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WestJet named Canada's most attractive employer for the second year in a row

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Randstad Canada announces WestJet as 2013 Randstad Award winner for most attractive employer, as chosen by over 7,000 Canadians.
TORONTO - Randstad Canada, the country's leader for staffing, recruitment and HR Services, is pleased to announce that for the second year in a row WestJet Airlines Ltd. has been named the winner of the prestigious Randstad Award as Canada's most attractive employer. More than 7,000 Canadians independently surveyed perceived WestJet as the company offering the most pleasant work atmosphere and interesting job content, as well as being seen as having strong management and providing good training opportunities.

Unique to the Canadian market, the Randstad Award rewards and encourages best practices in building the best employer brands, and is the only employer award where winners are chosen entirely by workers and job seekers in search of employment opportunities within Canada's leading organizations. Based on polling conducted by ICMA International in February and March of 2013, the top five award winners voted the most attractive companies to work for in Canada are: WestJet Airlines Ltd, Transat A.T. Inc, IBM Canada, Bombardier Inc. and Pratt & Whitney Canada International Inc..

"Canadian job seekers and employees have spoken, and for the second year in a row have chosen WestJet as Canada's Most Attractive Employer," says Jan Hein Bax, President, Randstad Canada. "WestJet continues to epitomize the type of organization that an extremely large demographic of the Canadian workforce perceives as an exceptional employer. The company's ability to cultivate a positive employer brand continues to differentiate WestJet in the Canadian marketplace and ensures its ability to attract the type of talent that drives incredibly positive business results."

As skills gaps continue to present challenges for Canadian organizations, the importance of building and maintaining a positive employer brand has never been more important. "The employer brand not only allows an organization to attract the very best talent available, but also helps to retain the talent already in place," adds Bax. "Canadians are confident in their capabilities and take pride in the organizations that they work for. Cultivating an employer brand that makes both your current and prospective employees proud can truly be the difference that sets your company apart from your competitors."

Along with identifying Canada's most attractive employer, the survey also unveiled many interesting insights into the changing demands and priorities of the Canadian worker. Some of the key findings from the study revealed:

Top Attractiveness Factors: For Canadians, Competitive Salary & Employee Benefits is the top attractiveness factor when considering an employer (26%), replacing long-term job security - showing that Canadian confidence in the strength of the job market and the marketability of their skills is once again high. Long-term job security (15 per cent) remained important; as did a pleasant work atmosphere (11 per cent) and good work-life balance (9%).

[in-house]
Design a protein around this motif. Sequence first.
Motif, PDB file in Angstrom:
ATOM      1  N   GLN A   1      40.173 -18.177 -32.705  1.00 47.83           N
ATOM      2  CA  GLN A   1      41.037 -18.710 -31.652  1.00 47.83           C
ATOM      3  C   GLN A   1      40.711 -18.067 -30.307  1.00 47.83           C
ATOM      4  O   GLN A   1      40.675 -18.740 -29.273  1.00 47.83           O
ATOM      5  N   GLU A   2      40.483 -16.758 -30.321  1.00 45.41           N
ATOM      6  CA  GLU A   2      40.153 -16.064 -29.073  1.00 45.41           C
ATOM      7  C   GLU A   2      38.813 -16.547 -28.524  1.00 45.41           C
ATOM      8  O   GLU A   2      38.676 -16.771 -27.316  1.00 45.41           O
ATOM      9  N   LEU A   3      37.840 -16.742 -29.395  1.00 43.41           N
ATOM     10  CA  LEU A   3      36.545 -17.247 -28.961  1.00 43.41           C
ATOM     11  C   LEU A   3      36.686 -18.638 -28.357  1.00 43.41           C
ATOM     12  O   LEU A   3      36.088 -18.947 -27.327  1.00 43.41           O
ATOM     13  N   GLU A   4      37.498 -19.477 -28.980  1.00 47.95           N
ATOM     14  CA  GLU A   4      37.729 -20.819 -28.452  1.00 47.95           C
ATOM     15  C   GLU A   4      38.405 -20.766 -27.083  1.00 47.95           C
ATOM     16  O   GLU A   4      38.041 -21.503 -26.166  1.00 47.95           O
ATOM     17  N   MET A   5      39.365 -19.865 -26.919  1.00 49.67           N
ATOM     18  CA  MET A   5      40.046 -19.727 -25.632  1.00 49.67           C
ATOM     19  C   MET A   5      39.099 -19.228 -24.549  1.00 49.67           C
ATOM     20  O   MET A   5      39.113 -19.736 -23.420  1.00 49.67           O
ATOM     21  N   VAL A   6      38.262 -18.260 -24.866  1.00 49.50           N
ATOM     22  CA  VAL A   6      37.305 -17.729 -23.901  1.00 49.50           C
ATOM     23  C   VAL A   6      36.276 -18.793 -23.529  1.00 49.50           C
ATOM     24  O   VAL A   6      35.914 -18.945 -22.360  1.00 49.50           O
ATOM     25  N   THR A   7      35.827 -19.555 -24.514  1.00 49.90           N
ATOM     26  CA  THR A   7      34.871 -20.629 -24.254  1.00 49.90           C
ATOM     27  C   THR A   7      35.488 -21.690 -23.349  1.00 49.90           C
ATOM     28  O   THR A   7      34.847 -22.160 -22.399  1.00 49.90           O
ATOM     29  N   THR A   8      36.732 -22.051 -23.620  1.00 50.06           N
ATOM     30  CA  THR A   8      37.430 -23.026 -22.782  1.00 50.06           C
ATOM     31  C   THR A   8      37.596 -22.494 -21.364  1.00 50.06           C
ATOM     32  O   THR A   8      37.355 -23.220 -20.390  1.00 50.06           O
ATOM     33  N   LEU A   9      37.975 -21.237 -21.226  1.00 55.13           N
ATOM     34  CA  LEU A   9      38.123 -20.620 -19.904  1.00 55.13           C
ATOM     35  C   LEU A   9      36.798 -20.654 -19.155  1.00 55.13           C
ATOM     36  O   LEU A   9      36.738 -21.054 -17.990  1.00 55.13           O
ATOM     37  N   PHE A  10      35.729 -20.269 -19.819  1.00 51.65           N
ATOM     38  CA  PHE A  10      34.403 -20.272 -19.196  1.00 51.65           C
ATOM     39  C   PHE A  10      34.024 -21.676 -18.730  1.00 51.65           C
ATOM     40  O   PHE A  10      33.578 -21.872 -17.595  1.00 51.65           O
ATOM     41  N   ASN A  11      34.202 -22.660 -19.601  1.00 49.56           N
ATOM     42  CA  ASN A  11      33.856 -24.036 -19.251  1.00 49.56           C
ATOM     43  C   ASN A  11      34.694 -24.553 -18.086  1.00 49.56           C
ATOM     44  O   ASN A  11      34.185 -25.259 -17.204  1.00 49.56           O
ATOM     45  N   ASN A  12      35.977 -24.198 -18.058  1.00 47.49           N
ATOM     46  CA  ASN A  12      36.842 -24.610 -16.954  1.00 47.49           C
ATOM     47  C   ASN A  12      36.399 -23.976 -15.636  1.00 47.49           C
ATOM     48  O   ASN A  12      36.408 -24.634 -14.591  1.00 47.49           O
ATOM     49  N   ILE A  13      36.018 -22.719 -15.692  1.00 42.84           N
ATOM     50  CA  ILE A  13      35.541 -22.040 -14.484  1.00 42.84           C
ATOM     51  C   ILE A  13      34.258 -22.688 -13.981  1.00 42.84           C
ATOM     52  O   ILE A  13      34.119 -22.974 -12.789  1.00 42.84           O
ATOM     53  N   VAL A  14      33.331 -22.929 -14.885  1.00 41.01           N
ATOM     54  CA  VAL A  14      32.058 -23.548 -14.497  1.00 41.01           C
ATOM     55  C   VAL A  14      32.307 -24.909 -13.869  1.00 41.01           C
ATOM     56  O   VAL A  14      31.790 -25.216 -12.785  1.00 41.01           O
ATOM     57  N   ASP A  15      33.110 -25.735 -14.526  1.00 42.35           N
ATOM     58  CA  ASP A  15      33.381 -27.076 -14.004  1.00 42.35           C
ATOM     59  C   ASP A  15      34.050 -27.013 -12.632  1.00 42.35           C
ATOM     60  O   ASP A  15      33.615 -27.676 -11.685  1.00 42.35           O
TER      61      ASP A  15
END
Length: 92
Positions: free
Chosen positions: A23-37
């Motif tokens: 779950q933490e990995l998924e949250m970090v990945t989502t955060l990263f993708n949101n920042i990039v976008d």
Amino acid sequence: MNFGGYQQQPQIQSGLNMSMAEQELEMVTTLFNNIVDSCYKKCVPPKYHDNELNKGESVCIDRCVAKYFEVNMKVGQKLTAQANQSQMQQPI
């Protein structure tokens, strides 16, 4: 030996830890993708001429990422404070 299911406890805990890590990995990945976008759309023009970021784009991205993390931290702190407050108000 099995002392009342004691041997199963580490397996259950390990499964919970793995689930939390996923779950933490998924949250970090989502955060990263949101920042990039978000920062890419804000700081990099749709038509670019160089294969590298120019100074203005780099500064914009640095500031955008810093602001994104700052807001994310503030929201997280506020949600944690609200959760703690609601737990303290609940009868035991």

Sectors: Job seekers and workers see the High Tech Manufacturing (44 per cent) sector as the most desirable in Canada, with respondents ranking the sector first for interesting job content, long-term job security, competitive salary & benefits, and good training. Transport and Logistics (41 per cent), Engineering & Construction (37 per cent), Raw Materials (36 per cent) and Finance (35.8 per cent) also ranked highly amongst the most desirable sectors to work in by Canadians.

Gender: Men and women seek different things when determining what makes a workplace/organization attractive. Women continue to prefer flexible working arrangements (14 per cent more women compared to men), convenient location (10 per cent more women) and pleasant working atmosphere (9 per cent more women), men prefer financially sound companies (21 per cent more men compared to women) with strong management (19% more men) that offer career progression opportunities (9% more men) and quality products and services (8 per cent more men) when seeking an employer.

Age: Younger Canadians (under the age of 40) mainly look for career progression opportunities (15 per cent above average) and flexible working arrangements (7 per cent) while older members of the Canadian workforce (40 and above) are more concerned with organizations that are financially healthy (19 per cent), offer competitive salary and employee benefits (17 per cent) and provide better accessibility (4%).

Education: Canadians with a higher education (university & graduate studies) are more attracted to companies that are perceived to offer more interesting job content (16% above average), career progression opportunities (12%), a strong image and values (11%) and strong management (10%), whereas Canadians with college and post-secondary education look more organizations that offer good training (8% above average), long-term job security (7%) and better accessibility (6%).

The Randstad Award study is conducted each year to both help identify the most attractive companies in Canada, and to provide important insights for employers on the trends and priorities affecting Canadian job seekers and workers.

This marks the third year that the Randstad Award for employer branding has been awarded in Canada, in addition to more than fifteen other countries internationally. First launched in Belgium in 2000, the Award has become a coveted industry accolade worldwide. The announcement was made last night at an exclusive gala at The Carlu in Toronto, where senior executives from many of Canada's biggest companies were in attendance.
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